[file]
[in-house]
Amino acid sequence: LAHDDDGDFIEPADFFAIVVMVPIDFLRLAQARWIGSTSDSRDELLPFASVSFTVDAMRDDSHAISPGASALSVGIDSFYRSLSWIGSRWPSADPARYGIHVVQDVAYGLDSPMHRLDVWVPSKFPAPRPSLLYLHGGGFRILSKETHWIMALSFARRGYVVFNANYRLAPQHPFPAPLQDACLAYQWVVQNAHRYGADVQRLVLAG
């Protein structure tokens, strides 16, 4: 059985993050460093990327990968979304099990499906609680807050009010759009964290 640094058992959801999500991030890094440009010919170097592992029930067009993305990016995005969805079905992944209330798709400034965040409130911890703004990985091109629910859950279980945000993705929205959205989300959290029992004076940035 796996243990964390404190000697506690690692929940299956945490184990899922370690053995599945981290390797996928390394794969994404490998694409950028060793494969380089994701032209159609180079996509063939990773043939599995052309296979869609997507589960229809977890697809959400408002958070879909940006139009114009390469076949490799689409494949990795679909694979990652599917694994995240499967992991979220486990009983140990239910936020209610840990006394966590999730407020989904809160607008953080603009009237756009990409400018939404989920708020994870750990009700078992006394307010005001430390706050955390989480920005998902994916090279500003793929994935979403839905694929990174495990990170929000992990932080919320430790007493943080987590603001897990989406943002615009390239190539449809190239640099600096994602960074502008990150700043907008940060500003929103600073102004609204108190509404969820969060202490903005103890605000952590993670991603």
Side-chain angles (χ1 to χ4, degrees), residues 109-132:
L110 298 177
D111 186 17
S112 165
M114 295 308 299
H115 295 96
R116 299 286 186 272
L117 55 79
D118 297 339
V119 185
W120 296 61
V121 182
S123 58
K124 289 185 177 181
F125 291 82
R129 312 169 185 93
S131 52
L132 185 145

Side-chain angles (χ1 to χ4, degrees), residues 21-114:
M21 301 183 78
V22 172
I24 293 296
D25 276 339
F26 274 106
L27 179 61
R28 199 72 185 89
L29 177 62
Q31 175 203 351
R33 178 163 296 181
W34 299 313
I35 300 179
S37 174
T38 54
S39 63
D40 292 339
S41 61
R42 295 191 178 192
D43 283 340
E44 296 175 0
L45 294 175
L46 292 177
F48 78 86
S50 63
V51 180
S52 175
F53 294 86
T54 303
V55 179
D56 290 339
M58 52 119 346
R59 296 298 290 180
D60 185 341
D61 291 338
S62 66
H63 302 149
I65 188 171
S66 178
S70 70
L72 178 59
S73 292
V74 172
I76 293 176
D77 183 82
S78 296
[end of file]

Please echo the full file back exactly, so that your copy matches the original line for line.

[in-house]
Amino acid sequence: LAHDDDGDFIEPADFFAIVVMVPIDFLRLAQARWIGSTSDSRDELLPFASVSFTVDAMRDDSHAISPGASALSVGIDSFYRSLSWIGSRWPSADPARYGIHVVQDVAYGLDSPMHRLDVWVPSKFPAPRPSLLYLHGGGFRILSKETHWIMALSFARRGYVVFNANYRLAPQHPFPAPLQDACLAYQWVVQNAHRYGADVQRLVLAG
């Protein structure tokens, strides 16, 4: 059985993050460093990327990968979304099990499906609680807050009010759009964290 640094058992959801999500991030890094440009010919170097592992029930067009993305990016995005969805079905992944209330798709400034965040409130911890703004990985091109629910859950279980945000993705929205959205989300959290029992004076940035 796996243990964390404190000697506690690692929940299956945490184990899922370690053995599945981290390797996928390394794969994404490998694409950028060793494969380089994701032209159609180079996509063939990773043939599995052309296979869609997507589960229809977890697809959400408002958070879909940006139009114009390469076949490799689409494949990795679909694979990652599917694994995240499967992991979220486990009983140990239910936020209610840990006394966590999730407020989904809160607008953080603009009237756009990409400018939404989920708020994870750990009700078992006394307010005001430390706050955390989480920005998902994916090279500003793929994935979403839905694929990174495990990170929000992990932080919320430790007493943080987590603001897990989406943002615009390239190539449809190239640099600096994602960074502008990150700043907008940060500003929103600073102004609204108190509404969820969060202490903005103890605000952590993670991603």
Side-chain angles (χ1 to χ4, degrees), residues 109-132:
L110 298 177
D111 186 17
S112 165
M114 295 308 299
H115 295 96
R116 299 286 186 272
L117 55 79
D118 297 339
V119 185
W120 296 61
V121 182
S123 58
K124 289 185 177 181
F125 291 82
R129 312 169 185 93
S131 52
L132 185 145

Side-chain angles (χ1 to χ4, degrees), residues 21-114:
M21 301 183 78
V22 172
I24 293 296
D25 276 339
F26 274 106
L27 179 61
R28 199 72 185 89
L29 177 62
Q31 175 203 351
R33 178 163 296 181
W34 299 313
I35 300 179
S37 174
T38 54
S39 63
D40 292 339
S41 61
R42 295 191 178 192
D43 283 340
E44 296 175 0
L45 294 175
L46 292 177
F48 78 86
S50 63
V51 180
S52 175
F53 294 86
T54 303
V55 179
D56 290 339
M58 52 119 346
R59 296 298 290 180
D60 185 341
D61 291 338
S62 66
H63 302 149
I65 188 171
S66 178
S70 70
L72 178 59
S73 292
V74 172
I76 293 176
D77 183 82
S78 296